Does there exist a connected topological space $X$ and a subset $A\subseteq X$ such that no connected component of $A$ separates $X$, but some quasi-component of $A$ separates $X$?

Meaning $X\setminus C$ is connected for every connected component $C$ of $A$, but there is a quasi-component (intersection of all relatively clopen sets of $A$ containing a particular point) $Q$ of $A$ such that $X\setminus Q$ is disconnected?

Here is my idea.

Let $S$ be the dyadic solenoid. Let $X_0$ and $X_1$ be two disjoint composants of $S$. Let $\alpha\simeq [0,1]$ be an arc in $X_0$. Let $\delta_0$ and $\delta_1$ be disjoint countable dense subsets of $\alpha$, like disjoint rationals. Define $X=(X_0\setminus \delta_0)\cup (X_1\cup \delta_1)$. The topology on $X$ will be generated by the Solenoid subspace topology together with the sets $X_0\setminus \delta_0$ and $X_1\cup \delta_1$.

  1. $X$ is connected.

  2. Let $A$ be a be a closed Solenoid neighborhood of $\alpha$ such that $A\neq X$. Then $\alpha\setminus \delta_0$ is contained in a quasi-component $Q$ of $A$. To see this, note that an irrational set in $\alpha\setminus (\delta_0\cup \delta_1)$ is retained by $X$, and the basic neighborhoods at these points are precisely the Solenoid neighborhoods. A sequence of arcs in $X$ uniformly limits to this set, so $$\alpha\setminus (\delta_0\cup \delta_1)\subseteq Q.$$ Since $Q$ is closed, $\alpha\setminus \delta_0\subseteq Q$.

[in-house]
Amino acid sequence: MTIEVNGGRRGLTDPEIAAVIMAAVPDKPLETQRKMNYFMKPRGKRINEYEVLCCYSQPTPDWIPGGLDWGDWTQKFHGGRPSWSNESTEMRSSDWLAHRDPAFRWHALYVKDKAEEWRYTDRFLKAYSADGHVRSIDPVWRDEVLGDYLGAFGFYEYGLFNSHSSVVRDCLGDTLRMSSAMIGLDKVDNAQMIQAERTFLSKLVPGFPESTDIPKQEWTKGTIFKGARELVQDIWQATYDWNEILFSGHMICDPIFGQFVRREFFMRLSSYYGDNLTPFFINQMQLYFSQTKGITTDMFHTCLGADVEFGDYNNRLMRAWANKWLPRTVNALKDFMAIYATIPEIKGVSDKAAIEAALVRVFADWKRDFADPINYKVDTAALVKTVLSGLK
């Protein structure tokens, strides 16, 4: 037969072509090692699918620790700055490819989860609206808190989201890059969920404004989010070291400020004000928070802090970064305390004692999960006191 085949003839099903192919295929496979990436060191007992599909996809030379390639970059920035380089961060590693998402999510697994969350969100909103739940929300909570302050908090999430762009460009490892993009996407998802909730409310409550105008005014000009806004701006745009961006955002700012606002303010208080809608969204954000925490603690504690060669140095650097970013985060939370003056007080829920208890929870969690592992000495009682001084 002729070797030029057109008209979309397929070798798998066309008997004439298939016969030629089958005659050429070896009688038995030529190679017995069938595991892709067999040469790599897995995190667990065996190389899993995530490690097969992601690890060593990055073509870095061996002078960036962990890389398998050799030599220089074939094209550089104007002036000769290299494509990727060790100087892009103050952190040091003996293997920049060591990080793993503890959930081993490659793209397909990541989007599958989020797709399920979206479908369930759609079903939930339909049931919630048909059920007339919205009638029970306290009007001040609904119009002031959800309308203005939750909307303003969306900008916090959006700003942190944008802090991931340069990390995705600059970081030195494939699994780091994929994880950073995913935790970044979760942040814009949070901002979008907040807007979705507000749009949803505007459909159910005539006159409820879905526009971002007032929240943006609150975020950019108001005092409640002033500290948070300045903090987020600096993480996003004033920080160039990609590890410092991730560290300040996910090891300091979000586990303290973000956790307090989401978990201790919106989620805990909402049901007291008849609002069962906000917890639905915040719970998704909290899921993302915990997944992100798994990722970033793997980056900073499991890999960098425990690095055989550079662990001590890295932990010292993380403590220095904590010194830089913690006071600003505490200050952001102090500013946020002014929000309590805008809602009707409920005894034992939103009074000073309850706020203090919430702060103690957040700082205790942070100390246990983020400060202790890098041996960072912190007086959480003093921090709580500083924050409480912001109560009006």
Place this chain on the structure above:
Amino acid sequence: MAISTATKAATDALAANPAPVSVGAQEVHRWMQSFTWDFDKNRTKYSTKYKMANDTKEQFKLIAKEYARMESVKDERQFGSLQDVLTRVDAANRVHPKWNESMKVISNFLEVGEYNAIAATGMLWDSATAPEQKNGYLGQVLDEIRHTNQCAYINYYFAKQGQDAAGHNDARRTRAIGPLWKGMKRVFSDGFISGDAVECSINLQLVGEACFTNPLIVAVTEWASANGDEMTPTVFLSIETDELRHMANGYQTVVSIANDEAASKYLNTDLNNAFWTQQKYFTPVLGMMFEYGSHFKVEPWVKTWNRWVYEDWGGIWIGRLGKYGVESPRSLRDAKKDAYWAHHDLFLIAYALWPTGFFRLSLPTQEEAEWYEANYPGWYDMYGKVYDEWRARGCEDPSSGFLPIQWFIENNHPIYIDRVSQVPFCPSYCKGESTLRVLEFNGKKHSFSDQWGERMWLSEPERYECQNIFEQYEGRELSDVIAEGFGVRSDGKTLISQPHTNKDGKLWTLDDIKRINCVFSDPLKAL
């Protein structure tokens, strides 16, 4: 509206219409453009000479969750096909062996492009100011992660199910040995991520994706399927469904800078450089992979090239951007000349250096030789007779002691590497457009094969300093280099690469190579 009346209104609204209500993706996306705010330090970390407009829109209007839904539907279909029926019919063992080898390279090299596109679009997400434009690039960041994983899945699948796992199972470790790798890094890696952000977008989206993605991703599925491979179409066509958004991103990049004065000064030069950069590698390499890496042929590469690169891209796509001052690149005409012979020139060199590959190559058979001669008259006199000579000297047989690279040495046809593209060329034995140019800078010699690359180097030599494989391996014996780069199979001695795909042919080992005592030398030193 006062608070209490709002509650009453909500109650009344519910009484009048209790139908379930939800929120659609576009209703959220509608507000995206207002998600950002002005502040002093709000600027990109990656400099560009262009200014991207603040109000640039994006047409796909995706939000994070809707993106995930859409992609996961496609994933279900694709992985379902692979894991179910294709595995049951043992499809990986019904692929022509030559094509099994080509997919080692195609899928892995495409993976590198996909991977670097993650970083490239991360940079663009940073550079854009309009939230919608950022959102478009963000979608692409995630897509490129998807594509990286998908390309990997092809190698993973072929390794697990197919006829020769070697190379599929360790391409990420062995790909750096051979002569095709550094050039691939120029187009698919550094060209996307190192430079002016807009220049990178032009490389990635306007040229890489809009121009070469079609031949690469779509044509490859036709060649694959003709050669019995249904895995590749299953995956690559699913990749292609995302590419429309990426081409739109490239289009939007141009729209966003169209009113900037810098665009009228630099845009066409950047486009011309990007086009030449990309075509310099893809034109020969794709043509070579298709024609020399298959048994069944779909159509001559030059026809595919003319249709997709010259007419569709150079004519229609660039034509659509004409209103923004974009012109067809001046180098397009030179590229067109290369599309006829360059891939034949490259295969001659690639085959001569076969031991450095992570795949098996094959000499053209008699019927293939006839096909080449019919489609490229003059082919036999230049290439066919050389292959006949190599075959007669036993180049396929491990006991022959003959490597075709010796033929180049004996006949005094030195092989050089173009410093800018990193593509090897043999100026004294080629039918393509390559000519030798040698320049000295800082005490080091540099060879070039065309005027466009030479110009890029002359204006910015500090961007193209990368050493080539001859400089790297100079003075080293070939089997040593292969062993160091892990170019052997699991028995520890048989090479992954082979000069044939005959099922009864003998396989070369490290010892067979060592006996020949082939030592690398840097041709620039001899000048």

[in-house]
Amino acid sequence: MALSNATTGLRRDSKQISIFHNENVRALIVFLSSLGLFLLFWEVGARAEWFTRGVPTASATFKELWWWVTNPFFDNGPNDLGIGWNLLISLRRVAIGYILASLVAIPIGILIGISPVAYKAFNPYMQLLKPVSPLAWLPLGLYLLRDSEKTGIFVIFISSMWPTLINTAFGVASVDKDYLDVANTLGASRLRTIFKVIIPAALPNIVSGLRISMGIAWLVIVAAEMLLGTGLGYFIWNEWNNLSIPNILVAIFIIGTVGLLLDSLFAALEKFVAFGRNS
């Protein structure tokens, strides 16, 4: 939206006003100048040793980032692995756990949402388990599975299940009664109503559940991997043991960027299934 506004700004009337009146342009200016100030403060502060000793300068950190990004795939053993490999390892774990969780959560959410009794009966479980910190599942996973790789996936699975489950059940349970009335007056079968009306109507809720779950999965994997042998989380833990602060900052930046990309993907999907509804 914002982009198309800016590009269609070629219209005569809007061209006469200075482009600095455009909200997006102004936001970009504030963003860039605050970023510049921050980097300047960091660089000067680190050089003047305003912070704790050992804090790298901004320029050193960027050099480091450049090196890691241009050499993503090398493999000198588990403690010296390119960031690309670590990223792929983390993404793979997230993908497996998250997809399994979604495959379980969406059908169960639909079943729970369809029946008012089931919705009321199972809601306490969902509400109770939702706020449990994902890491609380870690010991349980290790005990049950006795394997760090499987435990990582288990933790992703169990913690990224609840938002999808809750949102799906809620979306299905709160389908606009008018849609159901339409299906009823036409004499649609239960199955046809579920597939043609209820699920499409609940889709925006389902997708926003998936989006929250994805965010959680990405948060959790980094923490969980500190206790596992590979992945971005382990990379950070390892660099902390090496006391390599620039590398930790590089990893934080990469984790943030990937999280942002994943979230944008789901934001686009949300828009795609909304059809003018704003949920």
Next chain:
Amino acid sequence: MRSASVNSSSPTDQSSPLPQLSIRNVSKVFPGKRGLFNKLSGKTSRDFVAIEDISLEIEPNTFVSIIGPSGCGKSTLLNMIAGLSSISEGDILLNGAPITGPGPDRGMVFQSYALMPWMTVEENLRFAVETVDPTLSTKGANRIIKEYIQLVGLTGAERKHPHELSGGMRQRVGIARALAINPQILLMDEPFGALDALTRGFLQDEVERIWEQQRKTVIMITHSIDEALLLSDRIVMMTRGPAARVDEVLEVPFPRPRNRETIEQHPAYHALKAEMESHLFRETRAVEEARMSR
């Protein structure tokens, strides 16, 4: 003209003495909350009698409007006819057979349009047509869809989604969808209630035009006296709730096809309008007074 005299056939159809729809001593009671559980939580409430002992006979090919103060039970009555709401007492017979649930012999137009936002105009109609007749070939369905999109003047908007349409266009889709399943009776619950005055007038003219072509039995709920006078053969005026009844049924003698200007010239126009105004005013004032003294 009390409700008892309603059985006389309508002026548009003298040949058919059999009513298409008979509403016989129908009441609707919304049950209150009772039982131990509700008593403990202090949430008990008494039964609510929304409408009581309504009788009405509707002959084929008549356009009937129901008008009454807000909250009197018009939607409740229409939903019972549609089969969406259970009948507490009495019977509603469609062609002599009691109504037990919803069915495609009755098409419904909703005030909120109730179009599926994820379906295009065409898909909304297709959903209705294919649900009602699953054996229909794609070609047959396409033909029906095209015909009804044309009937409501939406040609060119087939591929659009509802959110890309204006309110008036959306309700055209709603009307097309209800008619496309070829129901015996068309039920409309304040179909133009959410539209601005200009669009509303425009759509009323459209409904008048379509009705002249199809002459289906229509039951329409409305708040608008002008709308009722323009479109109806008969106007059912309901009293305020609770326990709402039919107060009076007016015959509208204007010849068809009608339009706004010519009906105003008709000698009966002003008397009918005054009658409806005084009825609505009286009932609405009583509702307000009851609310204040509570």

3. Each connected component of $\alpha\setminus \delta_0$ is a singleton which does not separate $X$.

  4. $X\setminus \delta_1$ is the union of two separated sets $X_0\setminus \delta_1$ and $X_1\setminus \delta_1$.

Does this sound right? The topology will only be Hausdorff, and of course ultimately I'd like regular or metrizable.


1 Answer 1


Here is a simple example. Let $X$ be $({\mathbb{R}}^2 \setminus (\{0\} \times \mathbb{R})) \cup \{(0,0),(0,1)\}) $, that is, $X$ is the plane with all points on the $y$-axis removed except for the points $(0,0)$ and $(0,1)$. Let $A = (\{ \frac{1}{n} : n = 1, 2, \cdots \} \times [0,1]) \cup \{(0,0), (0,1)\}$. Then the components of $A$ are the line segments $\{\frac{1}{n}\} \times [0,1]$ along with the singletons $\{(0,0)\}$ and $\{(0,1)\}$. None of these components disconnect $X$ but the quasi-component $\{(0,0),(0,1)\}$ does disconnect $X$.


Your Answer

By clicking “Post Your Answer”, you agree to our terms of service, privacy policy and cookie policy

Not the answer you're looking for? Browse other questions tagged or ask your own question.